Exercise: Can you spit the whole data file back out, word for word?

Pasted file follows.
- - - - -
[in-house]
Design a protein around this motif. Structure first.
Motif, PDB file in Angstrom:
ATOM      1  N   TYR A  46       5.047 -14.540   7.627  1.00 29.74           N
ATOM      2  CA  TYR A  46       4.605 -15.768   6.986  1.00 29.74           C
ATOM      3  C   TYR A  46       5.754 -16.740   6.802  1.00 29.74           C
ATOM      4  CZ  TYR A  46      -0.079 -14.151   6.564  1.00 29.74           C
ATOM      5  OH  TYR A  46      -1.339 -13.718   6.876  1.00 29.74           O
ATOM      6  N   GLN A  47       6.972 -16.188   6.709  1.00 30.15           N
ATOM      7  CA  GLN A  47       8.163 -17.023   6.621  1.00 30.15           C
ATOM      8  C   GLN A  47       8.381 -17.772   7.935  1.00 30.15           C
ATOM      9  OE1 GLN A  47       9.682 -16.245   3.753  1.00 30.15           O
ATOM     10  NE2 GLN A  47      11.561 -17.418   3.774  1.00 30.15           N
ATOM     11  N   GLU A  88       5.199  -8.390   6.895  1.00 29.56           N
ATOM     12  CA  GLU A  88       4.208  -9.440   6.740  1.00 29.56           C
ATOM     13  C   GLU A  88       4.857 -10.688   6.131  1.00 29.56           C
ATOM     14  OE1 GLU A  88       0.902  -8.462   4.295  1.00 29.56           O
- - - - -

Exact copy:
[in-house]
Design a protein around this motif. Structure first.
Motif, PDB file in Angstrom:
ATOM      1  N   TYR A  46       5.047 -14.540   7.627  1.00 29.74           N
ATOM      2  CA  TYR A  46       4.605 -15.768   6.986  1.00 29.74           C
ATOM      3  C   TYR A  46       5.754 -16.740   6.802  1.00 29.74           C
ATOM      4  CZ  TYR A  46      -0.079 -14.151   6.564  1.00 29.74           C
ATOM      5  OH  TYR A  46      -1.339 -13.718   6.876  1.00 29.74           O
ATOM      6  N   GLN A  47       6.972 -16.188   6.709  1.00 30.15           N
ATOM      7  CA  GLN A  47       8.163 -17.023   6.621  1.00 30.15           C
ATOM      8  C   GLN A  47       8.381 -17.772   7.935  1.00 30.15           C
ATOM      9  OE1 GLN A  47       9.682 -16.245   3.753  1.00 30.15           O
ATOM     10  NE2 GLN A  47      11.561 -17.418   3.774  1.00 30.15           N
ATOM     11  N   GLU A  88       5.199  -8.390   6.895  1.00 29.56           N
ATOM     12  CA  GLU A  88       4.208  -9.440   6.740  1.00 29.56           C
ATOM     13  C   GLU A  88       4.857 -10.688   6.131  1.00 29.56           C
ATOM     14  OE1 GLU A  88       0.902  -8.462   4.295  1.00 29.56           O